Motorists in Gauteng may be able to claim e-toll refunds due to a Government Gazette notice on charges containing conflicting amounts, according to the Justice Project South Africa (JPSA).
JPSA national chairperson Howard Dembovsky said the English and Afrikaans versions of the e-toll tariff notices published in the Government Gazette contained different amounts.
“SANRAL (South African National Roads Agency Limited) and the Department of Transport have been entirely uncooperative with our requests for clarity on the enforcement process, instead referring us to the regulations,” said Dembovsky in a press statement.
“In the process of reviewing the various notices, we found that there are discrepancies between the English and the Afrikaans versions of the tariff notice published on November 19 2013. Both of the tariff notices were signed by the acting director general of the Department of Transport and therefore have equal but conflicting weight.”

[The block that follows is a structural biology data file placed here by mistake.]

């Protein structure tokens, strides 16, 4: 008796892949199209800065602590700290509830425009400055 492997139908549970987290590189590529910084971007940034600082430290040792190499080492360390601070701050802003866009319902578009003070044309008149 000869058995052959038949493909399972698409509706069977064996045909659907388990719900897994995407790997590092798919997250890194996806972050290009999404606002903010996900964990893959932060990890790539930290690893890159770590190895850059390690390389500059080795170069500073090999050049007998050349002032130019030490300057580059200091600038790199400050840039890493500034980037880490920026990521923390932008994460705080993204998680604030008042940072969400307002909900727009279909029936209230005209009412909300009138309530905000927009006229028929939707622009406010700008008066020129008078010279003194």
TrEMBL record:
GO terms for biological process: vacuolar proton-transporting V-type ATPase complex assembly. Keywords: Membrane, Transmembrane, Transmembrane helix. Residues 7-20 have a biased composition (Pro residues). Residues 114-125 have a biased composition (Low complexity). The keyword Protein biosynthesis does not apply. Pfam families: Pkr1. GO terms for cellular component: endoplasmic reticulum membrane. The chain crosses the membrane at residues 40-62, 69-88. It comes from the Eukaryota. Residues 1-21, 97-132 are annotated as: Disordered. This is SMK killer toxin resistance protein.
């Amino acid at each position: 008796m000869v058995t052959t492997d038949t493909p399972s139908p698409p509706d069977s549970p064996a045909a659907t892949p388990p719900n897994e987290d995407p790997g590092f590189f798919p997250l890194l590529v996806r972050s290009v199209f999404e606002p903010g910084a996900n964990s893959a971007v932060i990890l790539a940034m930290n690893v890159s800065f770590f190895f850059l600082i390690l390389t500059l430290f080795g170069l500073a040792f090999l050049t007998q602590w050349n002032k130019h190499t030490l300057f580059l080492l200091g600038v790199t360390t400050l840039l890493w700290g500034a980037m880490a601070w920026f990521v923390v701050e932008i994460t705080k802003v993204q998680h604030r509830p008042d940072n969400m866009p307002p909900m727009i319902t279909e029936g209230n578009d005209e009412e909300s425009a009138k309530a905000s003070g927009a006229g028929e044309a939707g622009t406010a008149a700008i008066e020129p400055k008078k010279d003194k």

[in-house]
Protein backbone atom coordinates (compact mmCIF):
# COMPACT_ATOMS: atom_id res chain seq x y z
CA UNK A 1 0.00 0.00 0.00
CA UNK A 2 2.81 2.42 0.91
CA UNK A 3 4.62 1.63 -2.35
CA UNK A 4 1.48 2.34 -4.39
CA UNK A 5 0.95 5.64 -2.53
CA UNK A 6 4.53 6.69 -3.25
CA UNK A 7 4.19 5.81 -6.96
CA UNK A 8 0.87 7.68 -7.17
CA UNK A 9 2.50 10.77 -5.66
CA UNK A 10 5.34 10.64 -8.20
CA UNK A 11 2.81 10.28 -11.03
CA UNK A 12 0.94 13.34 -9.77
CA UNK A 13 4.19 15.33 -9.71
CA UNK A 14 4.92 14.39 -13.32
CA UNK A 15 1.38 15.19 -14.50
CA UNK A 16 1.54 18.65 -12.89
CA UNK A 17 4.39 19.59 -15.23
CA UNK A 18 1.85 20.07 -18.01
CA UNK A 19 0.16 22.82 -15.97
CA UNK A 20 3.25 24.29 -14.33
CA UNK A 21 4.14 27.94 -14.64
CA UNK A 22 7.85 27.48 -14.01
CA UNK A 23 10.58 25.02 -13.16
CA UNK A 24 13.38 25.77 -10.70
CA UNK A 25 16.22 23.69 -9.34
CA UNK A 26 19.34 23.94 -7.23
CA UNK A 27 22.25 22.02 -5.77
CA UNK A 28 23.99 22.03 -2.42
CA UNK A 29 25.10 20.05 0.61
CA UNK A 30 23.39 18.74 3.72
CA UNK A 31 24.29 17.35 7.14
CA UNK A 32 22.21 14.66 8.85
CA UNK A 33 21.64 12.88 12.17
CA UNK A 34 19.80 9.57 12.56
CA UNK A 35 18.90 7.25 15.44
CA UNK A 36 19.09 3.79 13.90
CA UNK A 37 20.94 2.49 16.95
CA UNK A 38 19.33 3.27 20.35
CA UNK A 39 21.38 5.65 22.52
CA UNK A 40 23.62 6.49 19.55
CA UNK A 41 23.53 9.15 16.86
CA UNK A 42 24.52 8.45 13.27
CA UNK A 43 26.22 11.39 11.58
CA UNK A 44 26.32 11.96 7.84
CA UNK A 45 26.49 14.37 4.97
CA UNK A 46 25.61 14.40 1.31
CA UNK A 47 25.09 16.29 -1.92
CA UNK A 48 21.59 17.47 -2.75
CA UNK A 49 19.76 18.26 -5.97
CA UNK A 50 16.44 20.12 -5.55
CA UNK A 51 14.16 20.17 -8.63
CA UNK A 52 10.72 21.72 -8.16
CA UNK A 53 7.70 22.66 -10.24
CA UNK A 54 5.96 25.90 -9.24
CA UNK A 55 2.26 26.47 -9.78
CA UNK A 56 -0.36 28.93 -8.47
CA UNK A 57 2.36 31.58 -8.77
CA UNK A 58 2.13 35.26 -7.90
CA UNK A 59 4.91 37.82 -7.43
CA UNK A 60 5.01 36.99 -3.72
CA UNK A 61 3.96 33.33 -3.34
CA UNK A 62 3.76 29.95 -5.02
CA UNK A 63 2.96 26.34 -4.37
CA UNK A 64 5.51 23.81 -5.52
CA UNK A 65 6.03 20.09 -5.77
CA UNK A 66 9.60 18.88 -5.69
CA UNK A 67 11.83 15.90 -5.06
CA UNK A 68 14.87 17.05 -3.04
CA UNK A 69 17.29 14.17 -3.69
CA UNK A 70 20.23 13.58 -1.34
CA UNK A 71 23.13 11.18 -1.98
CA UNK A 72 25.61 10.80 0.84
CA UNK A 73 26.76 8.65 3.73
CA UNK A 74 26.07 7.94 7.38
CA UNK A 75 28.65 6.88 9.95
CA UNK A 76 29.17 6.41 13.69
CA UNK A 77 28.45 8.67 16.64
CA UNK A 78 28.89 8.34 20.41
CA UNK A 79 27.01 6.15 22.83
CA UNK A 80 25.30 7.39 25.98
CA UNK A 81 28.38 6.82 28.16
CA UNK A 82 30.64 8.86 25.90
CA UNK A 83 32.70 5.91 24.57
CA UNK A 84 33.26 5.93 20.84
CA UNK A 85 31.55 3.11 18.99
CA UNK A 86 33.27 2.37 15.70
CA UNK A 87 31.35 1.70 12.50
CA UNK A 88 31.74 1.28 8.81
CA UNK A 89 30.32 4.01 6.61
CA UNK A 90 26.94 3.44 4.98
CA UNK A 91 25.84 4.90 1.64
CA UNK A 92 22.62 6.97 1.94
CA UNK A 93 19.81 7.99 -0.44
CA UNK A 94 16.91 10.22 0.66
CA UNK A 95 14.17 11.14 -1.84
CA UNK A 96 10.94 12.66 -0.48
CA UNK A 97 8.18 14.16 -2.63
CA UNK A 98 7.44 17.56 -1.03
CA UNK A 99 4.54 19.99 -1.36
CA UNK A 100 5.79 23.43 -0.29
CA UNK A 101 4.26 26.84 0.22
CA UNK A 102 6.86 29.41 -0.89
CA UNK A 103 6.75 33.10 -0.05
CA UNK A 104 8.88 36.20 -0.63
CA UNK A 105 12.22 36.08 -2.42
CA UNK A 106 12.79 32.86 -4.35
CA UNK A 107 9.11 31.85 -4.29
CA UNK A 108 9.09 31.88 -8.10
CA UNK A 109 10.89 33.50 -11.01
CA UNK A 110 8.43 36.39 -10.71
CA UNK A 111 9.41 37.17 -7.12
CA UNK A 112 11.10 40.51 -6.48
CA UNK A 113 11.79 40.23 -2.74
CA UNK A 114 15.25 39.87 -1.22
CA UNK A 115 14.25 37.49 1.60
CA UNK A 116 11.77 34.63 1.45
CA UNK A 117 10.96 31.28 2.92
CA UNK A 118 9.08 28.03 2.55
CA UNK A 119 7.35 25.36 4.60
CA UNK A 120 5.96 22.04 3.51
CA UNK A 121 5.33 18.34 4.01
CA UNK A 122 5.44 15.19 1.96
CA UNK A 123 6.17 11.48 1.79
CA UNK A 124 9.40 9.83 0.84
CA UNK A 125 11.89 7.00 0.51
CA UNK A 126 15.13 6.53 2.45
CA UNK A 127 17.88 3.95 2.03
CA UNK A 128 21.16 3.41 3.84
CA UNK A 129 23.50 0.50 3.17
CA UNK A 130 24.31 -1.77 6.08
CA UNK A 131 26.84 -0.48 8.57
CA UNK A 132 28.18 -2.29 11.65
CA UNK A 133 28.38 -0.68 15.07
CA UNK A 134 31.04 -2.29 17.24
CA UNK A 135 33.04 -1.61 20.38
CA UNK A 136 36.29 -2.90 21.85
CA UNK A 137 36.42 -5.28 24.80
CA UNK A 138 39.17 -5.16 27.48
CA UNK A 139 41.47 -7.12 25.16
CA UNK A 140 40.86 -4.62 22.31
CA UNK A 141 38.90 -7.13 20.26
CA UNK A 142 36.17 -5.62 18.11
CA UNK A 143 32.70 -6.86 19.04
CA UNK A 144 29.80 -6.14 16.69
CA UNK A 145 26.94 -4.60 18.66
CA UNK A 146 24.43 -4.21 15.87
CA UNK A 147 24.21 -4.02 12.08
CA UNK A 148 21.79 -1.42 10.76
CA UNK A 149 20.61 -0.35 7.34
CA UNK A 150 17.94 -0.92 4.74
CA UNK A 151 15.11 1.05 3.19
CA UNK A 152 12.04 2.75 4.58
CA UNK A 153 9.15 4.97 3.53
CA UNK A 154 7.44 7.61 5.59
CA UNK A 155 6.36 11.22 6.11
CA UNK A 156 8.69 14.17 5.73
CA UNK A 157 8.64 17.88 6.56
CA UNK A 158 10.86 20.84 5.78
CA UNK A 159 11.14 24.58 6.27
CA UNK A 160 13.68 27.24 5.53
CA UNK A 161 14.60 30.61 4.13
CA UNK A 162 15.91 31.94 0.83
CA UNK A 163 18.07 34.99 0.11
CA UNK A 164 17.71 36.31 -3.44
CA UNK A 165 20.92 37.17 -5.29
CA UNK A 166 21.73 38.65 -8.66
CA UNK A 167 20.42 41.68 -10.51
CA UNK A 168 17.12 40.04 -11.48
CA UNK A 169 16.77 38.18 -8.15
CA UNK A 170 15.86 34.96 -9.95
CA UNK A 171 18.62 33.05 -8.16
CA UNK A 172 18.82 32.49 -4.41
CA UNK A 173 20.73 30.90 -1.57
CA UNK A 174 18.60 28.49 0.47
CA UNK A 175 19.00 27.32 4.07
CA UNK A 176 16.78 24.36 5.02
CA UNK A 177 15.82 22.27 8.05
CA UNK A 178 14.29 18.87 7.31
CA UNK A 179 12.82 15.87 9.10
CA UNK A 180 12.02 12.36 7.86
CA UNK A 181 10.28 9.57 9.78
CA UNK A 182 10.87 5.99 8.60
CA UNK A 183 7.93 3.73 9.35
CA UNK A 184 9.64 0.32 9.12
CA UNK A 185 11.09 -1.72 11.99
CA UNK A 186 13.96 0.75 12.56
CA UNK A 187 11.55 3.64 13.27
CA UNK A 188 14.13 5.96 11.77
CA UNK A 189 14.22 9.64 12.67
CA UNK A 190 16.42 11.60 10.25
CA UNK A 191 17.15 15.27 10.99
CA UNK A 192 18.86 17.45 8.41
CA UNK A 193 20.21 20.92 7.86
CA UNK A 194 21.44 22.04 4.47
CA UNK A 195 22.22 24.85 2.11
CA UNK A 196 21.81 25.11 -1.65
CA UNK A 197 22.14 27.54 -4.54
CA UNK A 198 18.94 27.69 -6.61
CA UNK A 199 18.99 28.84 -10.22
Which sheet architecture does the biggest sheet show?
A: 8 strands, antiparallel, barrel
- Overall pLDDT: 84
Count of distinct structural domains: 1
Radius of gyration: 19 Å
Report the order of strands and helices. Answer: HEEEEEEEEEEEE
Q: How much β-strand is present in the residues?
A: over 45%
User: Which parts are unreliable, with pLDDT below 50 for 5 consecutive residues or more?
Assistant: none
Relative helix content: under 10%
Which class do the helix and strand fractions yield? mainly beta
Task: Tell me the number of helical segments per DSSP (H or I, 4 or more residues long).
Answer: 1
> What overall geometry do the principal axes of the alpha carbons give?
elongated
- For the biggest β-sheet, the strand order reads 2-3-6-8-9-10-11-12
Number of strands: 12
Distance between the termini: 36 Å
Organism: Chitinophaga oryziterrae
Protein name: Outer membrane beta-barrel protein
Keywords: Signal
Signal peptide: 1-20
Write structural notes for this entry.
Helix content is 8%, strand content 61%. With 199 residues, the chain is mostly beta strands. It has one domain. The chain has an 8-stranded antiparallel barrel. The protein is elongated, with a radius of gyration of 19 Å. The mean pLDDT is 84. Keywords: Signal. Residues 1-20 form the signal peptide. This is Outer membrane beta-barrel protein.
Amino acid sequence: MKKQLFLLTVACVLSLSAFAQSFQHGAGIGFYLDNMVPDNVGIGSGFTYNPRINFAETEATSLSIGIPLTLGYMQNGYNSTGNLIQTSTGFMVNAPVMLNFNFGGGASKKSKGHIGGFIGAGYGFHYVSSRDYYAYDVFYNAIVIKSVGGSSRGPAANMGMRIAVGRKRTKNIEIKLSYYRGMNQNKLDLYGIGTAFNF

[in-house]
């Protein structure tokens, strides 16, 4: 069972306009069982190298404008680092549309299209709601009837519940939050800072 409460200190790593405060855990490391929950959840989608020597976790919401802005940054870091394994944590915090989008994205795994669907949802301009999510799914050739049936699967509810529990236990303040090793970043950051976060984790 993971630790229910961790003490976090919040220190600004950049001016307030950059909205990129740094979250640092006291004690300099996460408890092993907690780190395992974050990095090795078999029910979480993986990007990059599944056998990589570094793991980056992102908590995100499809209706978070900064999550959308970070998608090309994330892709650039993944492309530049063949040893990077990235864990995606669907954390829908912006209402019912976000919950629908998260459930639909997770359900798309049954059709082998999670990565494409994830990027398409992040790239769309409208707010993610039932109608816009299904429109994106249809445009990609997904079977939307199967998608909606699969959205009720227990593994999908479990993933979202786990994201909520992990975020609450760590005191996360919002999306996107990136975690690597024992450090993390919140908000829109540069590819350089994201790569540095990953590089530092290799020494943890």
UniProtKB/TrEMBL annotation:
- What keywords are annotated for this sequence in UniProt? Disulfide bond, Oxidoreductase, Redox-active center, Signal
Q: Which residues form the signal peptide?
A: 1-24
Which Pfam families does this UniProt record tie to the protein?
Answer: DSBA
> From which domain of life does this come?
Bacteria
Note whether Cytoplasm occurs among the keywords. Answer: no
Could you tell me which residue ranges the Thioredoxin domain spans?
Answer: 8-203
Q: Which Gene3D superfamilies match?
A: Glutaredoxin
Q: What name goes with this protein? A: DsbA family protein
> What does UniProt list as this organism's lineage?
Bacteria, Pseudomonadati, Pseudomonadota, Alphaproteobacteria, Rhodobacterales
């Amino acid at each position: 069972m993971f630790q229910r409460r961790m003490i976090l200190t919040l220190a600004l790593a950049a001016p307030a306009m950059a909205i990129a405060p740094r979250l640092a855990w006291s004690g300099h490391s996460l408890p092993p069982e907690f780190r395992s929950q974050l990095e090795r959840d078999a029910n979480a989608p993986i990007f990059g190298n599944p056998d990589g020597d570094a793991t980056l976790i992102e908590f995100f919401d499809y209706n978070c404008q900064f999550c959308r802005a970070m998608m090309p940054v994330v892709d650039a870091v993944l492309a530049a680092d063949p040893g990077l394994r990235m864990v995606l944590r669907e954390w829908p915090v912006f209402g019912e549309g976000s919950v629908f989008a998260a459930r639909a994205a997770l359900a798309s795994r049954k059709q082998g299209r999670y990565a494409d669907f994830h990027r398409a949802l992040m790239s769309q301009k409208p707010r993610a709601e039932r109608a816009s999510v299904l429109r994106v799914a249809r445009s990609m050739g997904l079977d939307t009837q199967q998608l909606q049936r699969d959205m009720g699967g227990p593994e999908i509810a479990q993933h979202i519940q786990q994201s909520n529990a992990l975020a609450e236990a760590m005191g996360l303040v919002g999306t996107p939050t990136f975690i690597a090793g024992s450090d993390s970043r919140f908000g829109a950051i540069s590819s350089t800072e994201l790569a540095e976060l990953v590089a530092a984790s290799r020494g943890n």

He said JPSA attorneys wrote to the minister of transport Dipuo Peters yesterday afternoon calling upon her to immediately repeal the offending Tariff Gazette and to instruct SANRAL to stop the levying and collection of e-tolls until the matter is corrected.
The controversial Gauteng e-tolling project went live at the beginning of the month, with the JPSA just one of a list of opposition groups which also includes the Democratic Alliance (DA), the Freedom Front Plus (FFP), the Congress of South African Trade Unions (COSATU), the Opposition to Urban Tolling Alliance, the QuadPara Association of South Africa (QASA) and civil rights organisation AfriForum have vowed to continue the fight against the controversial policy.
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